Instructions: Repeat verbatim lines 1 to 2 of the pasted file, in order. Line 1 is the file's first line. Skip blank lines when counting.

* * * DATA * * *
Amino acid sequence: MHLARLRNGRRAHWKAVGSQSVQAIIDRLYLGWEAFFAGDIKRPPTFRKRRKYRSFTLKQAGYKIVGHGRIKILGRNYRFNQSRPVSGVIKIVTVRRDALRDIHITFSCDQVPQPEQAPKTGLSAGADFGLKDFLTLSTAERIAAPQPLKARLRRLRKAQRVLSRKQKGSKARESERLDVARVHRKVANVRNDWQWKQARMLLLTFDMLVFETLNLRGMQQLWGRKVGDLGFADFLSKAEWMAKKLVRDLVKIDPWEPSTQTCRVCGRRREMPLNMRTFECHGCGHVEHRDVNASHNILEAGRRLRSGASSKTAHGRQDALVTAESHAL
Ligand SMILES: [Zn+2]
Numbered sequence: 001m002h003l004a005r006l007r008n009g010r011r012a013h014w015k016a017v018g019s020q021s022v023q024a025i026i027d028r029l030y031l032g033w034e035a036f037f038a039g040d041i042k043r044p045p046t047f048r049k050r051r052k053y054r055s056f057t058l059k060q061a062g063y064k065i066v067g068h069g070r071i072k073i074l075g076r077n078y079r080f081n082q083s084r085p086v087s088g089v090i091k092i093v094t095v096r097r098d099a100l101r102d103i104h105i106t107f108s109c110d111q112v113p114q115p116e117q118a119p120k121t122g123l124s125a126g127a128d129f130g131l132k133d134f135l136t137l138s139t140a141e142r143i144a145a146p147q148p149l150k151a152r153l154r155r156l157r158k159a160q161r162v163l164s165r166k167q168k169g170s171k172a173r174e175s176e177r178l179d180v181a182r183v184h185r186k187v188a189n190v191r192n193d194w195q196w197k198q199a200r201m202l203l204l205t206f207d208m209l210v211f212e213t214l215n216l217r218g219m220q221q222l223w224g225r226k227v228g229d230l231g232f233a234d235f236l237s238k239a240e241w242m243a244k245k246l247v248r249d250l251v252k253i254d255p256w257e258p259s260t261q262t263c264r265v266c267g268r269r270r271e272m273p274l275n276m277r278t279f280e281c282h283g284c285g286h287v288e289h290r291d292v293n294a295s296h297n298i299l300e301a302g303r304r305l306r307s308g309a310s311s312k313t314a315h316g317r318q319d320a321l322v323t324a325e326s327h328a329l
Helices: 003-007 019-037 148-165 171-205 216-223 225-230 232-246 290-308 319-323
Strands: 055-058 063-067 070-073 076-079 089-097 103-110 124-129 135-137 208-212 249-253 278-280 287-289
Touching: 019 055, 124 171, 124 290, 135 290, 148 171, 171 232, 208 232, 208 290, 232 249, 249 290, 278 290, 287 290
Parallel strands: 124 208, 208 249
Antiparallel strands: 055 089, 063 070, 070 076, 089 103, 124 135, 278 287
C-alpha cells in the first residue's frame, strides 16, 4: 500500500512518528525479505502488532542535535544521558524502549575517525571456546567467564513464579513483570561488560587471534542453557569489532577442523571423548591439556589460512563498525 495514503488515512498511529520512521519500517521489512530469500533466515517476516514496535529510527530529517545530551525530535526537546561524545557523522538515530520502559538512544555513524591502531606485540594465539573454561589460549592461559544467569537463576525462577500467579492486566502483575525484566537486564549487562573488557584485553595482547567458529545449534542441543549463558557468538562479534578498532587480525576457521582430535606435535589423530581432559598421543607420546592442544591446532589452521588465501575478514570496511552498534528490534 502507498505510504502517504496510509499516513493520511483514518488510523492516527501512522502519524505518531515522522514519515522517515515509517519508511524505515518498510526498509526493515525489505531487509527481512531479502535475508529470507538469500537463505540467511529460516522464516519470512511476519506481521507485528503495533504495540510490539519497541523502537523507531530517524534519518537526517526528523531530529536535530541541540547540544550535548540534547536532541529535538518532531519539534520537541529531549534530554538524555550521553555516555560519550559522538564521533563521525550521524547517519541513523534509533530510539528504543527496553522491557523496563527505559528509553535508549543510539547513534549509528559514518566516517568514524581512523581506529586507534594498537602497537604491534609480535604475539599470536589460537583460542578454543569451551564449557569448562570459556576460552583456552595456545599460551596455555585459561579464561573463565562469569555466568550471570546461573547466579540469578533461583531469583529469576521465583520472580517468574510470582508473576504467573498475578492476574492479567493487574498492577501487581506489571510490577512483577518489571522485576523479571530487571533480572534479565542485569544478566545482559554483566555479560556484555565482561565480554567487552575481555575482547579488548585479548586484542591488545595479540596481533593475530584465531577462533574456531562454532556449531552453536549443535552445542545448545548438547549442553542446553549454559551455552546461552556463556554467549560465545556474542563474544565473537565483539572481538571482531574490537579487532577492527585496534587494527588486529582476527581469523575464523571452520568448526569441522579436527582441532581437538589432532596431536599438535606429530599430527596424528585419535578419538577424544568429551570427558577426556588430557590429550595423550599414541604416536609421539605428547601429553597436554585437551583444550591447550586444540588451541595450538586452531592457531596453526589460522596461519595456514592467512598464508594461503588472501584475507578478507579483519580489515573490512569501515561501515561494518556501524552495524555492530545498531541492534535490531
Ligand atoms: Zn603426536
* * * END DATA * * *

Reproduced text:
Amino acid sequence: MHLARLRNGRRAHWKAVGSQSVQAIIDRLYLGWEAFFAGDIKRPPTFRKRRKYRSFTLKQAGYKIVGHGRIKILGRNYRFNQSRPVSGVIKIVTVRRDALRDIHITFSCDQVPQPEQAPKTGLSAGADFGLKDFLTLSTAERIAAPQPLKARLRRLRKAQRVLSRKQKGSKARESERLDVARVHRKVANVRNDWQWKQARMLLLTFDMLVFETLNLRGMQQLWGRKVGDLGFADFLSKAEWMAKKLVRDLVKIDPWEPSTQTCRVCGRRREMPLNMRTFECHGCGHVEHRDVNASHNILEAGRRLRSGASSKTAHGRQDALVTAESHAL
Ligand SMILES: [Zn+2]